Water: needs of refugees and host communities


The overwhelming surge in refugee numbers in Uganda has resulted in exceptional constraints on capacities to deliver effective water, sanitation and hygiene services, and necessitated collective action to address related needs.

Currently, there are over 30 partners working in the refugee operations in Uganda to ensure that refugees and local populations in refugee-hosting areas have access to safe water, sanitation and hygiene services of sufficient quality and quantity.

Early this year, UNHCR led in setting up a National WASH Humanitarian Coordination Platform - anchored under the Ministry of Water and Environment (MoWE)’s department of Rural Water Supply and Sanitation, with co-lead arrngements with both MoWE and UNICEF.  

In order to meet the minimum water needs for refugees and host populations, 23,604m³ of water is needed per day (based on the UNHCR standard of 15-20 litres/person/day).

Currently, partners are providing 19,385m³ of water to the populations in the settlements, which translates to approximately 16.4 litres/person/day. This meets the SPHERE standard for water.

There are 69 motorised water systems (high yielding boreholes/ piped networks); and 1048 hand pumps installed in the refugee settlements. These do not however address the water access gaps estimated at 11,388m³ overall, which is currently partly addressed through water trucking.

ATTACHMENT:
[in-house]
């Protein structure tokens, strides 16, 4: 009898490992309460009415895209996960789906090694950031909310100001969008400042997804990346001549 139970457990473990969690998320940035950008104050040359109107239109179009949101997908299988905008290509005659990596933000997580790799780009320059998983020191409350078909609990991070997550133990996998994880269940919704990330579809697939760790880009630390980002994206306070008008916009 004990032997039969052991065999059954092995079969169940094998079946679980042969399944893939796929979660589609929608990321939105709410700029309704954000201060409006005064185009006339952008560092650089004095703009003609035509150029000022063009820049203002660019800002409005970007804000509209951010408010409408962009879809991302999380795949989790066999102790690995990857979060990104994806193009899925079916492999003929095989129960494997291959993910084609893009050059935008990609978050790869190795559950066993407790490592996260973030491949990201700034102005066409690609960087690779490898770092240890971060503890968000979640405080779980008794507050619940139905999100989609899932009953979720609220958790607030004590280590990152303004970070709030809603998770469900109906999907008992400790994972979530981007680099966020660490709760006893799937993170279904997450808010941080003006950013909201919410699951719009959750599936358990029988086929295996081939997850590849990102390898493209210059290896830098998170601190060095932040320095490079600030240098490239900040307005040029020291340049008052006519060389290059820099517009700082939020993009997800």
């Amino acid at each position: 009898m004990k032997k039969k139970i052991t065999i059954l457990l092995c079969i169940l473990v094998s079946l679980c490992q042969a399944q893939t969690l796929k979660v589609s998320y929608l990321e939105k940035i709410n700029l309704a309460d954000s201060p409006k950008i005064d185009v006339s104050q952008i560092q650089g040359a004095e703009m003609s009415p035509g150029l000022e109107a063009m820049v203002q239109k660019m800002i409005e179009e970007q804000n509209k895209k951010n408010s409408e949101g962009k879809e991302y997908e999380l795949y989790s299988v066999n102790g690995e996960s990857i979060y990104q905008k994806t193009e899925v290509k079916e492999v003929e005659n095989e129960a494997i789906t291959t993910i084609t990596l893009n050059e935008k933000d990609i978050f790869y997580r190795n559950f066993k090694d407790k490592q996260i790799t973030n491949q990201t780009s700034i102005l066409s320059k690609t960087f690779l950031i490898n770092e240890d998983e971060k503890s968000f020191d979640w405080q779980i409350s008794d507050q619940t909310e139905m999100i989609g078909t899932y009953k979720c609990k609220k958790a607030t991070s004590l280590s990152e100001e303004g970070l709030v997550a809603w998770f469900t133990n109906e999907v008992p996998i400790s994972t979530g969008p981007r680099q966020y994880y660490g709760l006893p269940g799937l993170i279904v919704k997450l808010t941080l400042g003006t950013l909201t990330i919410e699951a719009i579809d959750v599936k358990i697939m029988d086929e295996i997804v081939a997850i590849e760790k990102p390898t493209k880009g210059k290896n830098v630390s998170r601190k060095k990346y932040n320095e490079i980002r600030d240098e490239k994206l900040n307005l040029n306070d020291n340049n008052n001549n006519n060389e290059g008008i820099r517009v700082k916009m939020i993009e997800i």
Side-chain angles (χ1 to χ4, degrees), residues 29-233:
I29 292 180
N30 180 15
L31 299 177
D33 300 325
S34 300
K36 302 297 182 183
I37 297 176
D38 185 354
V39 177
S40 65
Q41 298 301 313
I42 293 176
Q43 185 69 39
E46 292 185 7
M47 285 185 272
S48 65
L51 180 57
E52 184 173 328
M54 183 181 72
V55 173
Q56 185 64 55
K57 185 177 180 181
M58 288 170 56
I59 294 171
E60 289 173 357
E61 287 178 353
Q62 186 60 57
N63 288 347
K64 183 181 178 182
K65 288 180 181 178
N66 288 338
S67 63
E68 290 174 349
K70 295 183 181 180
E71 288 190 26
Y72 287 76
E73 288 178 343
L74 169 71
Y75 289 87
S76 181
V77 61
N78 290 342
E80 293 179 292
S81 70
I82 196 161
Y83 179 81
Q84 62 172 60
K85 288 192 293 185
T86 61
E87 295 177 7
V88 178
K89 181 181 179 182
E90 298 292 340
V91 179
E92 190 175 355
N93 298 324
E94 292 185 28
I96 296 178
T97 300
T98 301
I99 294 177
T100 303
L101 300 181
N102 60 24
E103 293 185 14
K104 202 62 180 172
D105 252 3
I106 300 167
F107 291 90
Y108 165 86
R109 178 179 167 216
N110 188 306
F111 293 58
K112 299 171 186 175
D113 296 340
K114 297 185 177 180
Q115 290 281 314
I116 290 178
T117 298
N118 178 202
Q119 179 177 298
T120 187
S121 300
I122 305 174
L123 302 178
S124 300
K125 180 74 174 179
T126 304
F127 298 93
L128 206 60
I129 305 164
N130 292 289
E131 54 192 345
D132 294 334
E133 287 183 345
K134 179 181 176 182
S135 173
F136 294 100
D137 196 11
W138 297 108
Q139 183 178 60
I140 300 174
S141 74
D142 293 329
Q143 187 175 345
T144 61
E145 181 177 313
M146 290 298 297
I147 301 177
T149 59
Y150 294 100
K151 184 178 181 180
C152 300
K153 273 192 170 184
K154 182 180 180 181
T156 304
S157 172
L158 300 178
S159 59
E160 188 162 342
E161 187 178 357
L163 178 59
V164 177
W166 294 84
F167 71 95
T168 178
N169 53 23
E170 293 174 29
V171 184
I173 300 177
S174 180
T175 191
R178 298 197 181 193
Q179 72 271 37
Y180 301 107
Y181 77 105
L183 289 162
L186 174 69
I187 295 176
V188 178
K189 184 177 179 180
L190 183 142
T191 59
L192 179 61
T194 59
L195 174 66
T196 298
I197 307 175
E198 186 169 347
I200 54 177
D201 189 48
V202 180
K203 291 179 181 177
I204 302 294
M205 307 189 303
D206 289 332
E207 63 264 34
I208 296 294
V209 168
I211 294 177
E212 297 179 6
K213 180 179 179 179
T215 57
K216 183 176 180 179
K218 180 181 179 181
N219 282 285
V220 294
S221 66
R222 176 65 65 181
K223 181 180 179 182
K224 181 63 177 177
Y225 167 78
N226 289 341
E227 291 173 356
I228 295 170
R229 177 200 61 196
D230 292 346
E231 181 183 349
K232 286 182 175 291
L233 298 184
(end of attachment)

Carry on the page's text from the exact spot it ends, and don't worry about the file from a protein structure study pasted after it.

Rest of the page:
Water trucking accounts for approximately 35% of the water supplied in the settlements - 61% in West Nile region.

To address the water supply gaps, prioritization of investments in the following areas is recommended:

  • Hydrogeological prospection - including remote sensing for hard rock areas in the settlements - to identify potential locations where high yielding boreholes can be drilled
  • Rehabilitate existing water systems - in and around the refugee settlements
  • Instal sustainable water supply systems: high yielding boreholes with piped water networks; develop artesian wells that were drilled and not developed due to lack of funding.
  • Develop dams where possible to provide additional water points that could be used for other purposes (cleaning, livelihood activities) to take pressure off drinking water sources
  • Consider operation and maintenance issues in the plans for sustainable water supply systems (10% capital cost for O+M, Training and equipping pump mechanics, water user committees, mobile water testing kits)
  • Broaden partnerships to allow room for innovation and capacity development in the sector e.g. seconding government staff to our operations; working with academic institutions e.g. hydrogeological studies/ research; working with private sector actors
  • Support government structures to integrate data on water facilities in the refugee settlements in the existing systems (BH coding);
  • Water-point mappingstrengthen related data collection
  • Align refugee interventions with the long-term development actions through sector coordination - both at national and district/ settlement levels (including participation in and contributing to the district development consultations/ plans) - considering that these water infrastructures will be handed over to the government.